“Did you see how he combined misogyny with just blatant ageism”
A film that passed me by on its 2011 release (possibly as it’s a French film, though English-language), Julie Gavras’ Late Bloomers entertained me much more than the rather tepid critical response had led me to expect. I think this is mainly because the script, written by Gavras with Olivier Dazat, treats its protagonists Adam and Mary with equal importance.
Both heading into their sixties after thirty-odd years of marriage, a mid-to-late-life crisis hits the couple in different ways. He’s an architect who throws himself into working late nights with young associates rather than design retirement homes and feeling neglected, she focuses on her doctor’s advice to keep active after an incident of memory loss leaves her shaken. With three adult children watching haplessly, their parents’ different responses to the reality of ageing threatens to shatter all their worlds.
The rhythm of Late Bloomers is that of a gentle comedy and with Isabella Rossellini and William Hurt at the helm, it works really quite charmingly. His truculent stubbornness is inspired and abetted, in part, by the flirtatiousness of a young colleague (Arta Dobroshi) but no slouch in the same department, her confidence is boosted by the attentions of Hugo Speer’s hunk of a gym owner. As they flirt with infidelity and separation and the sheer strangeness of the situation they’ve tumbled into, both actors give great performances.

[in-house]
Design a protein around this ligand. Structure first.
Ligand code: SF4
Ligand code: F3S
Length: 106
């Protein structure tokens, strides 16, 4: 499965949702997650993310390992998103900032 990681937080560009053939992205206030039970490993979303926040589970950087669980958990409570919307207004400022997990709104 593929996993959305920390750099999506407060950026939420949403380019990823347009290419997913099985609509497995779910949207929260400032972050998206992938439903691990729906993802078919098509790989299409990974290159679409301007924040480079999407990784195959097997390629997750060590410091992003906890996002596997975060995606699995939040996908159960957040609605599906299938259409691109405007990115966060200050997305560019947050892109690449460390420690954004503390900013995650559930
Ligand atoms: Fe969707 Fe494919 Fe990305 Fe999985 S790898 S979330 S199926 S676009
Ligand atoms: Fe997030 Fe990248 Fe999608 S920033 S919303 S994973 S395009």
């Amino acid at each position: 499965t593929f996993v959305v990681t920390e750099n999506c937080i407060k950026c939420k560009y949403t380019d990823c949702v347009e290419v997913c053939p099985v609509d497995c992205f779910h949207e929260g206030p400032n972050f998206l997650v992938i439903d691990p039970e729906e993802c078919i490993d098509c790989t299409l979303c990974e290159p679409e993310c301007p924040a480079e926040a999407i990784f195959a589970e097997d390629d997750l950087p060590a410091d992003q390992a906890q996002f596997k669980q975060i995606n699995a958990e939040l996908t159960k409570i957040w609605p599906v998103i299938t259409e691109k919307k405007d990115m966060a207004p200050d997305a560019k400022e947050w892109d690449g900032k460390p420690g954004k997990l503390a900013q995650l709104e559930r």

They’re helped by a quality ensemble – Simon Callow, Joanna Lumley and Nicholas Farrell represent the more experienced brigade of friends, doling out their hard-won wisdom (‘Growing old is not for sissies!’) with alacrity, whilst Aidan McArdle, Kate Ashfield and Luke Treadaway as their three very different children have their own emotional battles to conquer as their parental relationships fluctuate considerably. Along with the excellent Doreen Mantle as Mary’s plain-speaking mother, Late Bloomers is a minor bittersweet beauty.